NICE reports rising profits amid fare hikes, service cuts

Nassau County's bus service has cut routes and raised fares while at the same time reporting profits.



Nassau Inter-County Express profits have grown from $2.8 million in 2012 to $3.4 million last year. They are expected to reach $3.8 million at the end of this year, but riders say that doesn't sit right.



Preston Jackson, of Hempstead, says his commute has actually gotten worse since NICE took over the county's buses from the MTA.



On top of the rising fares, Nassau County Legislator Delia DeRiggi-Whitton says that NICE gets more money from taxpayers in subsidies -- which is why she feels NICE should route some of its profits toward providing more service to those who need it most.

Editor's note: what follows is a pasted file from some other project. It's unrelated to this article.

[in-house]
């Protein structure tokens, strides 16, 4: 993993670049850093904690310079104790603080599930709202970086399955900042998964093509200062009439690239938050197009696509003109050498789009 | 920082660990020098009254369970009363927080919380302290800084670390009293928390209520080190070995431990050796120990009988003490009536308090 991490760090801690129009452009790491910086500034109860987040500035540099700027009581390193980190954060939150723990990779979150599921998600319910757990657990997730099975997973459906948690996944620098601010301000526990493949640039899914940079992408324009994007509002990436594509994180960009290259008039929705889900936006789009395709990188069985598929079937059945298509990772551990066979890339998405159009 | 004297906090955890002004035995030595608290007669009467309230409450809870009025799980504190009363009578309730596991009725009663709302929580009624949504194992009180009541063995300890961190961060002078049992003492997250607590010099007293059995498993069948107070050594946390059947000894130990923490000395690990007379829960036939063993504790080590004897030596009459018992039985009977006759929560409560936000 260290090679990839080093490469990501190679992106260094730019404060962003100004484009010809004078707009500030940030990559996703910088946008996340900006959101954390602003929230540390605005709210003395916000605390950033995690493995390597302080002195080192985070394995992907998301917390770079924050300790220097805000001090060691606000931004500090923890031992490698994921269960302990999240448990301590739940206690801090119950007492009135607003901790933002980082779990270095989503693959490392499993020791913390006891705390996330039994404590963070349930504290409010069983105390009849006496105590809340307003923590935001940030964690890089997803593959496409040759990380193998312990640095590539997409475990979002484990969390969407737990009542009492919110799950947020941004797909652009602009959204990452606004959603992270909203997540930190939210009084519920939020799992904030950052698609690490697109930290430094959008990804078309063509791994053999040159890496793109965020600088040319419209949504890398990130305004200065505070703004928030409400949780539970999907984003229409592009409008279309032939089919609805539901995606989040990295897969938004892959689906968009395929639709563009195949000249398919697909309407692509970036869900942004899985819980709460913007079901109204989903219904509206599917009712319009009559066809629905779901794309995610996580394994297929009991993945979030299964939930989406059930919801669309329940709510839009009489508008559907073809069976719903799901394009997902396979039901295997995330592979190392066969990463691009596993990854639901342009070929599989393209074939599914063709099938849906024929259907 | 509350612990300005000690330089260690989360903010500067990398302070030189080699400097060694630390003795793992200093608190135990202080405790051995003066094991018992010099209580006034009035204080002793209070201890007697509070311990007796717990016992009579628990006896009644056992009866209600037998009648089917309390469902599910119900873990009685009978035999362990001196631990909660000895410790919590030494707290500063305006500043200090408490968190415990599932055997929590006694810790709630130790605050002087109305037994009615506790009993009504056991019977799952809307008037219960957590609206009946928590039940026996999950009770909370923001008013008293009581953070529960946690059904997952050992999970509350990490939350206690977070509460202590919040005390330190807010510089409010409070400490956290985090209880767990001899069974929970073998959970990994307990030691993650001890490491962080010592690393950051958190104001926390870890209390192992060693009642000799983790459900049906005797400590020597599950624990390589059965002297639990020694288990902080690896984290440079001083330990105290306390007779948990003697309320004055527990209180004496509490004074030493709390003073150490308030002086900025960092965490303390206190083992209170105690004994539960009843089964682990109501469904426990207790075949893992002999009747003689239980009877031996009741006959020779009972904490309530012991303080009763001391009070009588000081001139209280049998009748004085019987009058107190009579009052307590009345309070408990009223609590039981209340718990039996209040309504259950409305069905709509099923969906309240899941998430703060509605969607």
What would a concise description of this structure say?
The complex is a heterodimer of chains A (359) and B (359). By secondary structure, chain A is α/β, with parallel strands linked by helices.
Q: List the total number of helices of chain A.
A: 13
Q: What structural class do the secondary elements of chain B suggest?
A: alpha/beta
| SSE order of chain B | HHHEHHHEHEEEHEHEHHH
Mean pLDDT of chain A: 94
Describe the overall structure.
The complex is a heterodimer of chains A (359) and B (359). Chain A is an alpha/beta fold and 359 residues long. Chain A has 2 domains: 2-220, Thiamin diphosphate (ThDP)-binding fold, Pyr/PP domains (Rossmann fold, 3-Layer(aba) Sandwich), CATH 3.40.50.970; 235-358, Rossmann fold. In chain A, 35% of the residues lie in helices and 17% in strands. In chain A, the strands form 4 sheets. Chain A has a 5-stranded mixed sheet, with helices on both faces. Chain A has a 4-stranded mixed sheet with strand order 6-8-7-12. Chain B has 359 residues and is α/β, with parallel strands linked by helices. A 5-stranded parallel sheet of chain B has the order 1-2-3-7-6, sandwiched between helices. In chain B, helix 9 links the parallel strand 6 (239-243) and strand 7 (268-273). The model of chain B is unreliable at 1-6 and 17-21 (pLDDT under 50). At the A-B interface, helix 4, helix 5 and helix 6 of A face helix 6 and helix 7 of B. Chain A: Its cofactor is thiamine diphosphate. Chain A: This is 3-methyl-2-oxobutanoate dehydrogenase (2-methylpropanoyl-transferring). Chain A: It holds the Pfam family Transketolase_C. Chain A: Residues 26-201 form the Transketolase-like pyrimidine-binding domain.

"I'd rather see my money go to the handicapped than see larger profits for the company," DeRiggi-Whitton says.



NICE CEO Michael Setzer defends his company's profits by saying officials are still working to correct the "broken" system inherited from the MTA.



"Anyone in business -- any economics professor would say that's a very skinny profit margin," Setzer says.



NICE officials say the company is using money received from Nassau taxpayers to make improvements.



"We've invested the county's money in 52 new buses that will improve comfort and reliability," Setzer says.


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